The Minutemen are in their second year under the tutelage of Kevin Morris who was the Offensive Coordinator for that successful passing game previously discussed for five seasons. UMASS, who has not finished below .500 since the 2001 season, went 5-6 last year in Morris’ inaugural season, and looks to gain some revenge on last year’s subpar season. UMASS is regarded as one of the elite programs throughout the FCS, and finishing with a losing record is certainly against the norm for UMASS football. Although the Crusaders may have the slight advantage in this year’s contest, you can bet Coach Tom Gilmore won’t let his purple warriors believe they are supposed to win.

Many FCS programs that are scholarship tend to play one FBS team per year. The main incentive for a game like this is the big payday the FCS program receives for traveling to play an FBS team; conversely, the FBS team ostensibly has an easier time attaining six wins which are required to become Bowl eligible. Because the FCS team grants the 63 scholarships that are necessary for a win against them by an FBS team to count towards this eligibility, this game becomes appealing for both programs. The reason I highlight this point is a week after the UMASS vs. Holy Cross game in Amherst, MA, the Minutemen will travel out to Ann Arbor, MI to play the Michigan Wolverines at “The Big House.” Will UMASS be overlooking Holy Cross in favor of Michigan? They probably shouldn’t as they are coming off of a less than stellar 5-6 season, and Holy Cross may be favored in the game, but it is undoubtedly possible that UMASS may overlook the Crusaders. In the 2008 contest this may have indeed been the case as UMASS played Texas Tech just a week after the Crusaders.

This is the first big test of the season for Holy Cross. While their opponent the previous week in Howard may pose some difficulties, UMASS will have weapons all over the field that the Crusaders will have to cope with and learn to negate. The 2011 class of seniors experienced the first loss of their careers against UMASS back in 2007, and you can be sure they want to eliminate that tough memory of their first collegiate football game by ratifying it with a dominant win in Amherst in 2010.

KD '11


  1. I like the idea, but there is something about beating up on the Ivy's that I simply LOVE. Nothing is better than taking it to those guys. However, playing down in Delaware was a great experience and there are no Ivy or PL schools that replicates that environment.

  2. Great article. I would like to think that son it will be Holy Cross, with scholarships, that is also able to play one FBS team per year! It would be geat to see BC and Syracuse back on the schedule from time to time!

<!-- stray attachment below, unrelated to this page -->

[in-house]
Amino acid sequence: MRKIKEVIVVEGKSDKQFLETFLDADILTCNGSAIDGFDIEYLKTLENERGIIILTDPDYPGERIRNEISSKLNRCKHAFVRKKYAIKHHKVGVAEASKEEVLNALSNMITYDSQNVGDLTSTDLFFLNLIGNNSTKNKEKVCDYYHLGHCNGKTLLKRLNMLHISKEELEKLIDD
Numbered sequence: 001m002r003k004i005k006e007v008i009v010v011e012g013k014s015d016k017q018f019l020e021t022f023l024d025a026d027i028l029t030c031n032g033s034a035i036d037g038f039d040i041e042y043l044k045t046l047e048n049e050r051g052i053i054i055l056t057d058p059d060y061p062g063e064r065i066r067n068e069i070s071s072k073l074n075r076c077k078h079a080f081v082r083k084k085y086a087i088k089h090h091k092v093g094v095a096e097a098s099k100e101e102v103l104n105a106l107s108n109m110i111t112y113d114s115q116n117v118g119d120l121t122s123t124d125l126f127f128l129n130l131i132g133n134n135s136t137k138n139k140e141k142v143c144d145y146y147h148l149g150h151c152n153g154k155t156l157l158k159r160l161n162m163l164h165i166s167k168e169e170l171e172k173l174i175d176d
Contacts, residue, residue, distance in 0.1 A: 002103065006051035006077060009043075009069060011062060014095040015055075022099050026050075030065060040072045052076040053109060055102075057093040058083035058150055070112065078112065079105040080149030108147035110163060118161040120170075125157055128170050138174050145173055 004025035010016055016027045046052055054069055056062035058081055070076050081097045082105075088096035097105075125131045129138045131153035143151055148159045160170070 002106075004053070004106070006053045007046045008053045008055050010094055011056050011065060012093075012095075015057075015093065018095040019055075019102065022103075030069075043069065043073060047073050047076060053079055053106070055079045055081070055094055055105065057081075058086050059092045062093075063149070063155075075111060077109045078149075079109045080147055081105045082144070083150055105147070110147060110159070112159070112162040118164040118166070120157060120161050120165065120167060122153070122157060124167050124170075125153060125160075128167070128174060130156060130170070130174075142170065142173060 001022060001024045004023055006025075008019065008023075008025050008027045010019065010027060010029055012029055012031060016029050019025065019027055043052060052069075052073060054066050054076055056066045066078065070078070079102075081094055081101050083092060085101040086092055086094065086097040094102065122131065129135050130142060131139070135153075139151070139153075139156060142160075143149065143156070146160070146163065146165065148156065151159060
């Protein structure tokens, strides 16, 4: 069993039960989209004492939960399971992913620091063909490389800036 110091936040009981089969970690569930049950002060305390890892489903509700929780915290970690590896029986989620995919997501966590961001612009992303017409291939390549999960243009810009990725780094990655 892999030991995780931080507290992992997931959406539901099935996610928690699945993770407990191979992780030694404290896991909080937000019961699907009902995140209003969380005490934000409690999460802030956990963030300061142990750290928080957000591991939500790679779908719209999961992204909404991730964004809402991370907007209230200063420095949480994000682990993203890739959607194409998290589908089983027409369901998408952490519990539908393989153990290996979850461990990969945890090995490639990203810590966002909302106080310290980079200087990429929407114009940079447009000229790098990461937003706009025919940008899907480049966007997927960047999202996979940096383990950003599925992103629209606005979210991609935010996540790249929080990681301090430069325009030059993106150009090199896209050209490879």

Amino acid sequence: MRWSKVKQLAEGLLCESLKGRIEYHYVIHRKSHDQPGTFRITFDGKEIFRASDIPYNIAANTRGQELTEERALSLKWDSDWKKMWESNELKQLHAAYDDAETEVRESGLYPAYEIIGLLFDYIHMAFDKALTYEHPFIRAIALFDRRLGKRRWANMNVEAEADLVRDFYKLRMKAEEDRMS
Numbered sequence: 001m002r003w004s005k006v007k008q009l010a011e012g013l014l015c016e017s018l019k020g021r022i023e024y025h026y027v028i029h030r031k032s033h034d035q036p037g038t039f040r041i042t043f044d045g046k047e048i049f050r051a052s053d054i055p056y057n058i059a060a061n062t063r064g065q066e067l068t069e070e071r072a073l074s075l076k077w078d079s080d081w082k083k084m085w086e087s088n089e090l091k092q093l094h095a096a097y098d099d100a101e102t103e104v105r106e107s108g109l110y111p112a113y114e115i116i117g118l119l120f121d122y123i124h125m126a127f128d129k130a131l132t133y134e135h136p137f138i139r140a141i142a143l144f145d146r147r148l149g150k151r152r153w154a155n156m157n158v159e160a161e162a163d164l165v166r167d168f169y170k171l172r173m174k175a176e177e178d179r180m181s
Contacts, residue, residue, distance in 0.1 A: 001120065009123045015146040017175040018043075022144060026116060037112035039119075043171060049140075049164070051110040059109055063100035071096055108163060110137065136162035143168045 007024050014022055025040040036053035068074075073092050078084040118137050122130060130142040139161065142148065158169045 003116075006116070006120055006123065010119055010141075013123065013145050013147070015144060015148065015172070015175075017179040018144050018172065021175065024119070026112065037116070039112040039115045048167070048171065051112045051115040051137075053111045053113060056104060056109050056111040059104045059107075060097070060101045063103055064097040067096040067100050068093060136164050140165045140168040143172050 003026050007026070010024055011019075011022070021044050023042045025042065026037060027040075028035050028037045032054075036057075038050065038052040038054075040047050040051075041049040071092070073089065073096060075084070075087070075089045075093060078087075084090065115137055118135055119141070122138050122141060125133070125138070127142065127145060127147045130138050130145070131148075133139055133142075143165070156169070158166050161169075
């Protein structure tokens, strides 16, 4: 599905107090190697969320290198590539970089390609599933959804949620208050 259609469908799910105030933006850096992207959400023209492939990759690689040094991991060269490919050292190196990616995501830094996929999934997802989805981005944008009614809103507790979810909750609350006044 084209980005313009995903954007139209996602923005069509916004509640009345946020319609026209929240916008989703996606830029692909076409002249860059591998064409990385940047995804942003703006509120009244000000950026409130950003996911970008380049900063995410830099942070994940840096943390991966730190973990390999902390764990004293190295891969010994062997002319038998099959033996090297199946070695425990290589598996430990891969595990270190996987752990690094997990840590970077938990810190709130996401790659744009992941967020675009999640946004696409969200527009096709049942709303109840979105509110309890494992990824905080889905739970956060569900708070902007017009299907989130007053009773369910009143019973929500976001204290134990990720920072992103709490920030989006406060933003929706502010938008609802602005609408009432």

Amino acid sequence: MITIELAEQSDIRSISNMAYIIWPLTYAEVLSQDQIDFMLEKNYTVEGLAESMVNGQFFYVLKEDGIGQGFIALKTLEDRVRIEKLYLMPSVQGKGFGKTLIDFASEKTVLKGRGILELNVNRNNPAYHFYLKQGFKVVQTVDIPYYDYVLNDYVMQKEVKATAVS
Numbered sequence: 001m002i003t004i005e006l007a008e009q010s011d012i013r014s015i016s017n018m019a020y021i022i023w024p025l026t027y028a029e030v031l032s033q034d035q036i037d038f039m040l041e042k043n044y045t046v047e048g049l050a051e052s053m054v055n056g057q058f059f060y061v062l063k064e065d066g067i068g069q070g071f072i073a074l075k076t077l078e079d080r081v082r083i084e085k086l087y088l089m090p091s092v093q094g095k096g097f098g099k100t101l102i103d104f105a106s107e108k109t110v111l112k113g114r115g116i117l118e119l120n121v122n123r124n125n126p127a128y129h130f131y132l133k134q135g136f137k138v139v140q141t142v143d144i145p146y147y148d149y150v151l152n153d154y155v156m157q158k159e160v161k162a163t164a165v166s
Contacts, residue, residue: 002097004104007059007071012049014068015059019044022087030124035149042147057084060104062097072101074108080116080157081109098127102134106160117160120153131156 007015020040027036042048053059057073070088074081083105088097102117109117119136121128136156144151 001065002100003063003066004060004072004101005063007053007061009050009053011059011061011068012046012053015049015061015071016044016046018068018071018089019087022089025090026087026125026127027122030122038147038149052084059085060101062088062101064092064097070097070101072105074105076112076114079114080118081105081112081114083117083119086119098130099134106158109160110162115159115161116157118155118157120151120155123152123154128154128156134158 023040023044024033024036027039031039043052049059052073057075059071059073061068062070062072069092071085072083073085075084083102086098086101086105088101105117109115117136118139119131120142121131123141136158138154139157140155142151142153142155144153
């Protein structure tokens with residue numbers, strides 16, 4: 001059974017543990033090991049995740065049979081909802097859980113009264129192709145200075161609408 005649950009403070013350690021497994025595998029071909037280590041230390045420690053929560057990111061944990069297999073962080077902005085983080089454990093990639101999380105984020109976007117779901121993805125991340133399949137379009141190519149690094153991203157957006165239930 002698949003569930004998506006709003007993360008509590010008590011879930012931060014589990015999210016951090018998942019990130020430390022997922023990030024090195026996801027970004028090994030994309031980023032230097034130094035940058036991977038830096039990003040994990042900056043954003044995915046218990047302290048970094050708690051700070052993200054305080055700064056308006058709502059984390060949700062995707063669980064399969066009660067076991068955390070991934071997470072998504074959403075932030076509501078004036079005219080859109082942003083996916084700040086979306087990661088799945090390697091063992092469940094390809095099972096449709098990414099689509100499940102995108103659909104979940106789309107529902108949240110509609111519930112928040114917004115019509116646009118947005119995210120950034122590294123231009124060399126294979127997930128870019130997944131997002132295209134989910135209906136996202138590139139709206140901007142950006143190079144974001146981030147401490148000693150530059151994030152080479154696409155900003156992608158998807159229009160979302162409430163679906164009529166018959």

3. I agree with you Matthew. I certainly would not want to leave any of the Ivy's in the dust. The Harvard game is one that I look forward to every year. In a perfect world, with scholarships, I would like to see a schedule like this (my buddy indianhoop over on the Crossports message board alluded to this recently I believe):

    On a typical year, HC has an 11 game schedule (12 weeks with 1 bye week). 5 of these weeks consist of Patriot League contests, although who knows what the league will look like in several years if the PL does indeed go scholarship. This leaves us with 6 out of conference games. I would like to see:

    3 Ivy games...Harvard every year and then one of the other New England Ivy schools followed by either Cornell, Princeton, Penn, or Columbia.

    2 CAA games...I would love to see the UMASS game grow into a regular rivalry game. Seeing UNH, Richmond, Villanova, William & Mary, etc. once in a while would be nice too. Also, I would not object in place of one of these CAA games to see a team from the Southern Conference on the slate. For instance, Colgate is playing Furman this year. Having them, Elon, or Wofford on the schedule would be great games.

    Lastly, 1 FBS game every year is a must. The main reason many CAA teams have earned respect around the nation is their willingness to not only play, but compete with FBS schools. I am not talking about playing Florida or USC, but a school like UCONN, Army, or Syracuse...maybe even, dare I say, Boston College?

    I realize that this is an ambitious schedule. But, with scholarships, a schedule like this is very realistic.

  4. Also, I should add that according to the Jeff Sagarin rankings, the CAA is ranked ahead of the Sun Belt (an FBS conference). Food for thought.